Back to the Basics of Lent: Nothingness

This Sunday we celebrate the Third Sunday of Lent, and we reflect on our nothingness. Saint Thomas Merton says that we must love and embrace our nothingness to the honor and glory of God.

Jesus hints at this principle when he cleared out the temple. You see, just like the moneychangers of old, we far too often look for ways to make money quick, to use our fellow man to get ahead, or to view our connections with one another about what that person can do for us.

With this kind of mentality, we find ourselves often worrying about our finances, what others have that may be better than ours, and keeping up with all the new trends and fashion statements. We find ourselves distracted by all the hustle and bustle of life forgetting to take time to truly connect with one another and on a certain level, with the Divine.

It is not until we are willing to embrace our nothingness that we can be rid of these concerns for material things and begin to focus on those things that matter most. We can begin to make real connections with one another. It will also bring us to place of empathy for our fellow human being.

I want to close with this encounter I had this past week. My daughter and I (and sometimes Rev. Marc) have taken to spending a couple of hours a couple of times a week sitting outside at the Metro Coffeehouse. We sip our coffees (and I smoke my cigar) as we absorb the sunlight and talk to the passerby’s. This past week an older African-American man started yelling at me from across the street. It took me a minute to realize that he was commenting on the fact that he didn’t know I was a priest. I must have looked puzzled because he reminded me that I had given him a light for his cigarette the week previously. It was then that I remembered him.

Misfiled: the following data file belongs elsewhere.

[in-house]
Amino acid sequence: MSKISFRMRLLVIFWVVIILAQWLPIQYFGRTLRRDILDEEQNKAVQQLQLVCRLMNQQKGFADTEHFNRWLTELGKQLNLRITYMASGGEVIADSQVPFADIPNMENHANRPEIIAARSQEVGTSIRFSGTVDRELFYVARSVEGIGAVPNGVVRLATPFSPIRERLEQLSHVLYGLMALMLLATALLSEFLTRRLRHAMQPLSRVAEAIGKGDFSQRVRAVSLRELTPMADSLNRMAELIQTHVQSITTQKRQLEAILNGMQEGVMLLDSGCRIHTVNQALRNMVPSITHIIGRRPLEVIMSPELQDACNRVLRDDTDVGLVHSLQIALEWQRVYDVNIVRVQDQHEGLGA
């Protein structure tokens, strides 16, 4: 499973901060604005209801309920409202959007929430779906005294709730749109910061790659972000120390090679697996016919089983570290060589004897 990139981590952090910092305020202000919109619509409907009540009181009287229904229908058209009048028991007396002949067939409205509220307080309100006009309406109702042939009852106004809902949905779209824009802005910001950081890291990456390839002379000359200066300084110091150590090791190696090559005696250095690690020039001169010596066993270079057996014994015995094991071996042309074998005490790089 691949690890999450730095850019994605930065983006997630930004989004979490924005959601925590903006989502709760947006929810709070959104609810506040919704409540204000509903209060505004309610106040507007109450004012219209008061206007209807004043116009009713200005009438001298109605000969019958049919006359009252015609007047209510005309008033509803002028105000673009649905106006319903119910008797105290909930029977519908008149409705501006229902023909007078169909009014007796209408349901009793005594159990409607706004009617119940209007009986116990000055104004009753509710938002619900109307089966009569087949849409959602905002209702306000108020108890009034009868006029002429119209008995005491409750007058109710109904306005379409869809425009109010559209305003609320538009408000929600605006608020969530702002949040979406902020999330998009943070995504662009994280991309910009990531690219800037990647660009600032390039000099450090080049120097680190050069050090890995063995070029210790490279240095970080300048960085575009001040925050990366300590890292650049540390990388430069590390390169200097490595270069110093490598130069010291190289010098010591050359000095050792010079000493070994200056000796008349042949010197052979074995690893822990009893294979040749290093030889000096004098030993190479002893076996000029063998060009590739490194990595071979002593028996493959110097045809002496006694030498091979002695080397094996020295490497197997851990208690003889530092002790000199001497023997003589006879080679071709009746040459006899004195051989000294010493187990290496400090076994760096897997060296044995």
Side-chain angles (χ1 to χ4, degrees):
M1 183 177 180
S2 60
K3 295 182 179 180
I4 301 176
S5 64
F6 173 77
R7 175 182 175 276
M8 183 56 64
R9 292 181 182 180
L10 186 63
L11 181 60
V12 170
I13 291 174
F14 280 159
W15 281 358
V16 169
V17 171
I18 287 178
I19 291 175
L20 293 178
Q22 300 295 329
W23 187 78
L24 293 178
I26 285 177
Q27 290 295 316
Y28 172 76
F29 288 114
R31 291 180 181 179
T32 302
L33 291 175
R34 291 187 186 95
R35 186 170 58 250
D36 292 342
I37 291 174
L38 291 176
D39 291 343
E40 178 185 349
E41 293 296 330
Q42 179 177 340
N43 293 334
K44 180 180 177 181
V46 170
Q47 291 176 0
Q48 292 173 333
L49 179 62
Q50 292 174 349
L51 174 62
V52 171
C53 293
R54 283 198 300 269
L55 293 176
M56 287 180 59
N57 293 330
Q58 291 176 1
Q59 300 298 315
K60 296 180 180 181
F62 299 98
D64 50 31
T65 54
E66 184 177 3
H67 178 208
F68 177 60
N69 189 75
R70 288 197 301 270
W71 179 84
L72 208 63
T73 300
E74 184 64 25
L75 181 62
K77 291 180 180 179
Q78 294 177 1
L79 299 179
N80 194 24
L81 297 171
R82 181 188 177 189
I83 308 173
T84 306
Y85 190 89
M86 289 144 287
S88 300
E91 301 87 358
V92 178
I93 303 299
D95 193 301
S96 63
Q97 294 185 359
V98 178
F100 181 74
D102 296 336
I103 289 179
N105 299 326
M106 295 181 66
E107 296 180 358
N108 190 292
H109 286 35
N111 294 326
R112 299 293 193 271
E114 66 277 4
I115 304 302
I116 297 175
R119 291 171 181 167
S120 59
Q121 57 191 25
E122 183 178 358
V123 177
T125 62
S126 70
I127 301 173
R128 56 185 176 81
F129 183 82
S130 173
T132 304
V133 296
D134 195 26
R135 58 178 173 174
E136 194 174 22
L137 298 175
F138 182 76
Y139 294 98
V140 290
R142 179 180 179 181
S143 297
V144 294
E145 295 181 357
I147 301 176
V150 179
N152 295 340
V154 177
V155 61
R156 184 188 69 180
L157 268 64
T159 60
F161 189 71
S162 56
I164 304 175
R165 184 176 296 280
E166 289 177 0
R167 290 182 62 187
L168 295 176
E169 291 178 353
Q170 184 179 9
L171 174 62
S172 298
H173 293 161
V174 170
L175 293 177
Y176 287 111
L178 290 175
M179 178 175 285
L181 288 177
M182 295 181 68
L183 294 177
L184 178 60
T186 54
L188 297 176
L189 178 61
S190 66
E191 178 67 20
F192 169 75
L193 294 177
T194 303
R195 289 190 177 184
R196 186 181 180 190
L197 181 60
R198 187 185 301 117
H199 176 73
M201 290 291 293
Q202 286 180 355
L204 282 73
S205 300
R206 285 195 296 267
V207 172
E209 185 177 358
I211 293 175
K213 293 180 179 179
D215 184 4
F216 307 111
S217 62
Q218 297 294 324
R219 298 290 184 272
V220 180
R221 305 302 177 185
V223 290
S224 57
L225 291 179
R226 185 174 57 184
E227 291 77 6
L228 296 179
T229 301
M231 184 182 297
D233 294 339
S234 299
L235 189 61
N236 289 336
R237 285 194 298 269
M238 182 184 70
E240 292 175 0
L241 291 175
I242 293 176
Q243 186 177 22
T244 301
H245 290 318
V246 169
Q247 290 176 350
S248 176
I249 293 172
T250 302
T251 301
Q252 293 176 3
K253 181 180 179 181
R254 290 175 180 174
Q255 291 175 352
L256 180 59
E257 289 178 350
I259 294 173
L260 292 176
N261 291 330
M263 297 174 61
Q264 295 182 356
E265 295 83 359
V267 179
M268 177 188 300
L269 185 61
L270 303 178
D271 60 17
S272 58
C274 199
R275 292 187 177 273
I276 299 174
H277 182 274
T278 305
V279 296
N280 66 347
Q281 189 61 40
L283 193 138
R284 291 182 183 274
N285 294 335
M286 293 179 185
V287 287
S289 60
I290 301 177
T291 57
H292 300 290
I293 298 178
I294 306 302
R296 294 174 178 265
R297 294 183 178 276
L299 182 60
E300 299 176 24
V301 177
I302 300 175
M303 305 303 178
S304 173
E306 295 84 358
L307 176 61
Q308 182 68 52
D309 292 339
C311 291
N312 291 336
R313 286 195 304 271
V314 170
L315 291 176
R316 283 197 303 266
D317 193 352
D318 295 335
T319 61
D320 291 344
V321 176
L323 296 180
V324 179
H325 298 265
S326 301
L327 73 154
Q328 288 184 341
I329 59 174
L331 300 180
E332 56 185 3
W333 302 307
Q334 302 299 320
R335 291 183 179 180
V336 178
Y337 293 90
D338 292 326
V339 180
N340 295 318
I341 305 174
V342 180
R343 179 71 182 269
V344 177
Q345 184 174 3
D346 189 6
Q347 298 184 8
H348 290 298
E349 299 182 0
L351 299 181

You see, this old man had gone from table to table outside asking for a light. Even those that were smoking turned him away without a second thought. He came to me and I had my lighter in hand and quickly passed it to him. It was nothing out of the ordinary or particularly memorable. He thanked me and started to move on. I didn’t give it another thought.

He crossed the street and thanked me again for giving him a light. He started to share how one of the biggest problems in our society today is that no one wants to be bothered by anyone else. They refuse to make connections with others, refuse to acknowledge their humanity or existence because they are frightened of the possibilities of being hurt. As such, we choose to ignore people, make them feel less than human so that they will move on and leave them alone. He thanked me for being willing to open myself up to him. As he moved off, I was struck by the wisdom Christ had brought to me that day.

You see, in that man I see Jesus: the broken, downtrodden, abused Jesus. And for a brief moment, I gave Jesus a lighter to light his cigarette.

That is the realization that comes when we embrace our nothingness.

Pax et Bonum,

Bishop Greer